Thailand and Malaysia have closed their checkpoints along the southern border. The two countries do not allow entry by foreigners via these checkpoints except their own citizens.
Thai nationals are meant to be permitted to return to Thailand via the Wang Prachan immigration checkpoint in Satun. But to be eligible, the Thai nationals are required to contact the Thai embassy in KL or a Thai consulate in Malaysia to get a formal letter of their residential status in Thailand. The Thais are also required to obtain a health certificate which are issued not longer than 72 hours previously.
250-300 Thais, most of them who worked as crew on Malaysian fishing boats, but live in Satun, as well as some Thai tourists, converged on the Wang Kelian checkpoint from around 9am yesterday. But they were denied entry by the Thai immigration police because they failed to produce all the requisite paperwork.
By 2pm a meeting was held between Thai and Malaysian authorities on the Thai side of the border. All the talking wasn’t able to resolve the situation and the Thais were told they could not cross into Thailand.
Eventually, after hours of negotiations, the Satun Governor Veeranan informed the throng that the Thai consulate in Penang, would speed up procedures so that the stranded Thais would be able to return home.Keep in contact with The Thaiger by following our Facebook page.
King and Queen of Malaysia under quarantine after palace staff test positive for coronavirus
Malaysia has the highest number of Covid-19 coronavirus cases in Southeast Asia (2031 at time of publication), and now its King and Queen are under quarantine after 7 staff members of the royal palace tested positive for the virus. National news agency Bernama made the announcement yesterday.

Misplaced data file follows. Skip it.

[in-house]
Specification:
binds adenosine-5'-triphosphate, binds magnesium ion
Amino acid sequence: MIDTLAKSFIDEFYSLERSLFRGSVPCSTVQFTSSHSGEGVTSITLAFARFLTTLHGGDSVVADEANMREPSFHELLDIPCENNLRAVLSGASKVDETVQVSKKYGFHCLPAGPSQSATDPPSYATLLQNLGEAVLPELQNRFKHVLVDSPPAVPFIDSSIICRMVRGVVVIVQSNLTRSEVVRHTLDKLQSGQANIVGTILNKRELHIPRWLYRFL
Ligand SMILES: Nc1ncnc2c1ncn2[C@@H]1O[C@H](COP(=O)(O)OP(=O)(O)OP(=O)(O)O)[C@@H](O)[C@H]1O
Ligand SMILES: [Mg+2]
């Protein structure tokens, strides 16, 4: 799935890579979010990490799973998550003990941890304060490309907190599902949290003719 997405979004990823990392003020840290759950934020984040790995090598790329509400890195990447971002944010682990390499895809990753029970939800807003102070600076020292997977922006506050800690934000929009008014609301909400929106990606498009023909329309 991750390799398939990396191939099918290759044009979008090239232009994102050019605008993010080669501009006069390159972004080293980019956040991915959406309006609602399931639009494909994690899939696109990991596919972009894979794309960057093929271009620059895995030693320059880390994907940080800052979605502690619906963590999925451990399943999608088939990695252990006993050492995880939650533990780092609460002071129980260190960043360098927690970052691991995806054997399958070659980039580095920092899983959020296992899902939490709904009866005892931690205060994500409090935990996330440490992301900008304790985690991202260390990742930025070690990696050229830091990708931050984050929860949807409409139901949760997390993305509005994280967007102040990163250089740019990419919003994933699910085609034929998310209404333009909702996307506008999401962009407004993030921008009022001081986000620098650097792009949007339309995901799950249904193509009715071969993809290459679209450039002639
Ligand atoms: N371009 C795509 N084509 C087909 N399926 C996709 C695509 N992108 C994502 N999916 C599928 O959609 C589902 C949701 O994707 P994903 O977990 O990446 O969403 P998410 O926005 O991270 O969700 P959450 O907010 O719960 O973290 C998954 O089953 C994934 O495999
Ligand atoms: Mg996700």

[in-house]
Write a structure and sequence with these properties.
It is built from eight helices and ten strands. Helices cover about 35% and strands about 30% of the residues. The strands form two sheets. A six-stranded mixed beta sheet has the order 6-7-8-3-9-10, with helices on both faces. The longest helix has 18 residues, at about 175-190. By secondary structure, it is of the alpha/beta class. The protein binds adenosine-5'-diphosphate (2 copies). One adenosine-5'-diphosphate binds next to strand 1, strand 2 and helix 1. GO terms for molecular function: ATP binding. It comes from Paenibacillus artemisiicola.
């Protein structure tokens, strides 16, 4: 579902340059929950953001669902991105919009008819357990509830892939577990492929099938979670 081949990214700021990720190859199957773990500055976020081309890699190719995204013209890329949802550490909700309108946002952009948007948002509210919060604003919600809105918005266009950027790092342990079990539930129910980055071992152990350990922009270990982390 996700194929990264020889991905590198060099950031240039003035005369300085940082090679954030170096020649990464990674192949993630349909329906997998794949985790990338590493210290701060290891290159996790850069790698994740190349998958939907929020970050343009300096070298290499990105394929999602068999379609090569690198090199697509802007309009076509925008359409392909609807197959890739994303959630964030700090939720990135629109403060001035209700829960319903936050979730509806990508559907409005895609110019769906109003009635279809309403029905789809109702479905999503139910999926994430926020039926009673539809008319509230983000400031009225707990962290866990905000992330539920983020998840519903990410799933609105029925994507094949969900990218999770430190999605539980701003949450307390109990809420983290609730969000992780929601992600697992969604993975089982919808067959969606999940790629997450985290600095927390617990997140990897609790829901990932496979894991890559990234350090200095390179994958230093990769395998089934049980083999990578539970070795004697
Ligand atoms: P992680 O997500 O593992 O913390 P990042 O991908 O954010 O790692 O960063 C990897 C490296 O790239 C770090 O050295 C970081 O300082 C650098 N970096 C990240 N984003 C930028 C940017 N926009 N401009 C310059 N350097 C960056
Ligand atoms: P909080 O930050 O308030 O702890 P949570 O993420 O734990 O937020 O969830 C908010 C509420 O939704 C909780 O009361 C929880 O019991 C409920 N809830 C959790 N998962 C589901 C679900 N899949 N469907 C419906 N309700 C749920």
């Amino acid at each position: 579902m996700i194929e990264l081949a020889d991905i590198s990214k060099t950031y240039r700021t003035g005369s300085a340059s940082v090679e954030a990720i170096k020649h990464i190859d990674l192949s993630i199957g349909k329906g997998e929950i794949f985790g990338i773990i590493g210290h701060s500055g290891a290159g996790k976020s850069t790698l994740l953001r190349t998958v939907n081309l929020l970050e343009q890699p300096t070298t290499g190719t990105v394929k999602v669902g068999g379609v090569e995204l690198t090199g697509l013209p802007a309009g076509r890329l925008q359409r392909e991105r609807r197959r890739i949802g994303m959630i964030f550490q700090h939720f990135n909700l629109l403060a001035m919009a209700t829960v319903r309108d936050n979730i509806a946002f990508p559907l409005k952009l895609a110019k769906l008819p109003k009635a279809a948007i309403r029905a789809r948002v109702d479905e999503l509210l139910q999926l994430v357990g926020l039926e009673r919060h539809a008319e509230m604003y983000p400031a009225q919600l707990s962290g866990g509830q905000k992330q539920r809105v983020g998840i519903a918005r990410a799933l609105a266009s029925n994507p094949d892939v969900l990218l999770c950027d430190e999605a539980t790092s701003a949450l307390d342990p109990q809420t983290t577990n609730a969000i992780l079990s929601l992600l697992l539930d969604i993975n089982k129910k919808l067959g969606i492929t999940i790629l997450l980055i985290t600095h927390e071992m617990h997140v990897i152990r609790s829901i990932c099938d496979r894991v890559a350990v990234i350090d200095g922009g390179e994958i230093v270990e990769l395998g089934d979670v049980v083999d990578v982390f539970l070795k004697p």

Sultan Abdullah Ri’ayatuddin and his wife Tuanku Azizah Aminah Maimunah Iskandariah have tested negative for the virus, according to the Comptroller of the Royal Household. However, they decided self-quarantine for 14 days, beginning Wednesday.
The seven workers are reported to be in stable condition. News portal Malaysiakini reports that the health ministry is investigating how the seven become infected.
Malaysia reported 235 new coronavirus cases yesterday in its biggest daily jump. The number of deaths from rose to 23, the health ministry said.
Front-line medical workers in Malaysia say they’re being put in danger by a lack of protective equipment and uncooperative patients as the country struggles to prevent another wave of infections by extending a nationwide lockdown.Facebook page.
Thais in Malaysia may return home, but only by air
Today a statement was issued by the Thai Embassy in Kuala Lumpur, Malaysia and has officially announced that Thais’ who wish to return home can do so by air. And only by air, if they get a flight.
Thai citizens in Malaysia can request a certificate from the Embassy via e-mail, if they want to return to Thailand. Provided that they obtain a ‘fit to fly’ certificate from any hospital or clinic in Malaysia or at the two airports in Kuala Lumpur. The certificate must certify that they have proven negative for a Covid-19 test.
The Thai embassy has also opened three hotline numbers – 017 709822, 011 11721963 and 011 11608379 – for Thais seeking advice on the matter.
SOURCE: Thai PBS World